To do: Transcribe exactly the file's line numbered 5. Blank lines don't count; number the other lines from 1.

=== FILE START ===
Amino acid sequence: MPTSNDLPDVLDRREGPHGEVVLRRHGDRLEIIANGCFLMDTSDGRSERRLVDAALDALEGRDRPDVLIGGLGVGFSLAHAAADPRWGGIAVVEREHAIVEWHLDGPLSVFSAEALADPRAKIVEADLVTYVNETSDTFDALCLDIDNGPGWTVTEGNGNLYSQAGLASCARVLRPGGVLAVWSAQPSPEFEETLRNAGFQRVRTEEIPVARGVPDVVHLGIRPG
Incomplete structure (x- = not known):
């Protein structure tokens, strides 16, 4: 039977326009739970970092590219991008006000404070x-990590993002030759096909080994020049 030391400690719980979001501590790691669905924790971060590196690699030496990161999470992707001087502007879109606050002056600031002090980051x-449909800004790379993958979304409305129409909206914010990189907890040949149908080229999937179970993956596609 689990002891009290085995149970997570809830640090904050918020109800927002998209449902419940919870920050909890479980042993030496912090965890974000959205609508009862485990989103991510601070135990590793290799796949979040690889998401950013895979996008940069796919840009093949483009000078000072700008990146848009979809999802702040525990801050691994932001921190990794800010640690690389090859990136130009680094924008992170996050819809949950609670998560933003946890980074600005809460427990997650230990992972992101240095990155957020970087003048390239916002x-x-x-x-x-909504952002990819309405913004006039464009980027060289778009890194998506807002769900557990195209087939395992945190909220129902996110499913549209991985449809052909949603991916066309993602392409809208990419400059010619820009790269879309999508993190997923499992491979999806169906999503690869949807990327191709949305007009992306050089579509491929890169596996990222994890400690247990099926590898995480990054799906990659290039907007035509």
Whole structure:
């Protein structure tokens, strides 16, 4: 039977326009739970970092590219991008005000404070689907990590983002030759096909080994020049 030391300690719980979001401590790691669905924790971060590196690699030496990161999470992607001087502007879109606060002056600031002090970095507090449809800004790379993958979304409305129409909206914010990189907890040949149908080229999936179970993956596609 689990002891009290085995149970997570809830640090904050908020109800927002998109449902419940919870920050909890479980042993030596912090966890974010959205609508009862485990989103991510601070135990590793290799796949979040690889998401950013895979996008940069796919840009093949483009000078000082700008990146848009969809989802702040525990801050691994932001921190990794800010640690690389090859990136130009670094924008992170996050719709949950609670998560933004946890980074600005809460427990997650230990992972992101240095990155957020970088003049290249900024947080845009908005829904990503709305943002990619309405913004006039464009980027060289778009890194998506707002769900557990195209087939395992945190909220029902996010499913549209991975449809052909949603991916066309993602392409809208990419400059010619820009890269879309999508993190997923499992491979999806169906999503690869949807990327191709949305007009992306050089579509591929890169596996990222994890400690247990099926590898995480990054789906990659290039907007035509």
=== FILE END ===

């Protein structure tokens, strides 16, 4: 039977326009739970970092590219991008005000404070689907990590983002030759096909080994020049 030391300690719980979001401590790691669905924790971060590196690699030496990161999470992607001087502007879109606060002056600031002090970095507090449809800004790379993958979304409305129409909206914010990189907890040949149908080229999936179970993956596609 689990002891009290085995149970997570809830640090904050908020109800927002998109449902419940919870920050909890479980042993030596912090966890974010959205609508009862485990989103991510601070135990590793290799796949979040690889998401950013895979996008940069796919840009093949483009000078000082700008990146848009969809989802702040525990801050691994932001921190990794800010640690690389090859990136130009670094924008992170996050719709949950609670998560933004946890980074600005809460427990997650230990992972992101240095990155957020970088003049290249900024947080845009908005829904990503709305943002990619309405913004006039464009980027060289778009890194998506707002769900557990195209087939395992945190909220029902996010499913549209991975449809052909949603991916066309993602392409809208990419400059010619820009890269879309999508993190997923499992491979999806169906999503690869949807990327191709949305007009992306050089579509591929890169596996990222994890400690247990099926590898995480990054789906990659290039907007035509």